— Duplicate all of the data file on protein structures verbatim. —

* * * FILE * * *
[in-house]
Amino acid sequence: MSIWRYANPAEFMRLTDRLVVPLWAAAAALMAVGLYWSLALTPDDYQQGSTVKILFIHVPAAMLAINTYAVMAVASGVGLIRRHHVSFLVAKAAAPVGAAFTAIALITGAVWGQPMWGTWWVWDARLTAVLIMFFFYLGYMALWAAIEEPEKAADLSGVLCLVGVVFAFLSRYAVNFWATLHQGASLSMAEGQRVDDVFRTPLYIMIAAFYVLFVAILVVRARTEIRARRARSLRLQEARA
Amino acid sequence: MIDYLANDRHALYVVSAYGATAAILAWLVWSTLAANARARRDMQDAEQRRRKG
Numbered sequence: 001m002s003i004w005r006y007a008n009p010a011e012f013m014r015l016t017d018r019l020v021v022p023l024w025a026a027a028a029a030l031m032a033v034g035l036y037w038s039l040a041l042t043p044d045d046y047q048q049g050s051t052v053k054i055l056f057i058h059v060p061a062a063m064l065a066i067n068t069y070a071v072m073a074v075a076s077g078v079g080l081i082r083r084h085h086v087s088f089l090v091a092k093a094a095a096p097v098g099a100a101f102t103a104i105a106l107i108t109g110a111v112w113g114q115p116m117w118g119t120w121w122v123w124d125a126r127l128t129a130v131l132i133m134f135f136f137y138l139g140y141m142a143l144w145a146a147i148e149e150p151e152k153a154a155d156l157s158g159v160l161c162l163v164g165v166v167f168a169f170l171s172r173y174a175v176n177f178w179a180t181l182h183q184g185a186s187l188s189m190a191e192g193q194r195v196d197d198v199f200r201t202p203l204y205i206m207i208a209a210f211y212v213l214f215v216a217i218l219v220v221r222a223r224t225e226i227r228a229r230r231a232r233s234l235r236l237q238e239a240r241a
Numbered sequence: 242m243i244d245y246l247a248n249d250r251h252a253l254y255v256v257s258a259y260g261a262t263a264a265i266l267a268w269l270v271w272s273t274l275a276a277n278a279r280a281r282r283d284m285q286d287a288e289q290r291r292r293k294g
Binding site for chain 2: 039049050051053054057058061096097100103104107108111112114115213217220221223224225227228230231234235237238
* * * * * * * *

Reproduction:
[in-house]
Amino acid sequence: MSIWRYANPAEFMRLTDRLVVPLWAAAAALMAVGLYWSLALTPDDYQQGSTVKILFIHVPAAMLAINTYAVMAVASGVGLIRRHHVSFLVAKAAAPVGAAFTAIALITGAVWGQPMWGTWWVWDARLTAVLIMFFFYLGYMALWAAIEEPEKAADLSGVLCLVGVVFAFLSRYAVNFWATLHQGASLSMAEGQRVDDVFRTPLYIMIAAFYVLFVAILVVRARTEIRARRARSLRLQEARA
Amino acid sequence: MIDYLANDRHALYVVSAYGATAAILAWLVWSTLAANARARRDMQDAEQRRRKG
Numbered sequence: 001m002s003i004w005r006y007a008n009p010a011e012f013m014r015l016t017d018r019l020v021v022p023l024w025a026a027a028a029a030l031m032a033v034g035l036y037w038s039l040a041l042t043p044d045d046y047q048q049g050s051t052v053k054i055l056f057i058h059v060p061a062a063m064l065a066i067n068t069y070a071v072m073a074v075a076s077g078v079g080l081i082r083r084h085h086v087s088f089l090v091a092k093a094a095a096p097v098g099a100a101f102t103a104i105a106l107i108t109g110a111v112w113g114q115p116m117w118g119t120w121w122v123w124d125a126r127l128t129a130v131l132i133m134f135f136f137y138l139g140y141m142a143l144w145a146a147i148e149e150p151e152k153a154a155d156l157s158g159v160l161c162l163v164g165v166v167f168a169f170l171s172r173y174a175v176n177f178w179a180t181l182h183q184g185a186s187l188s189m190a191e192g193q194r195v196d197d198v199f200r201t202p203l204y205i206m207i208a209a210f211y212v213l214f215v216a217i218l219v220v221r222a223r224t225e226i227r228a229r230r231a232r233s234l235r236l237q238e239a240r241a
Numbered sequence: 242m243i244d245y246l247a248n249d250r251h252a253l254y255v256v257s258a259y260g261a262t263a264a265i266l267a268w269l270v271w272s273t274l275a276a277n278a279r280a281r282r283d284m285q286d287a288e289q290r291r292r293k294g
Binding site for chain 2: 039049050051053054057058061096097100103104107108111112114115213217220221223224225227228230231234235237238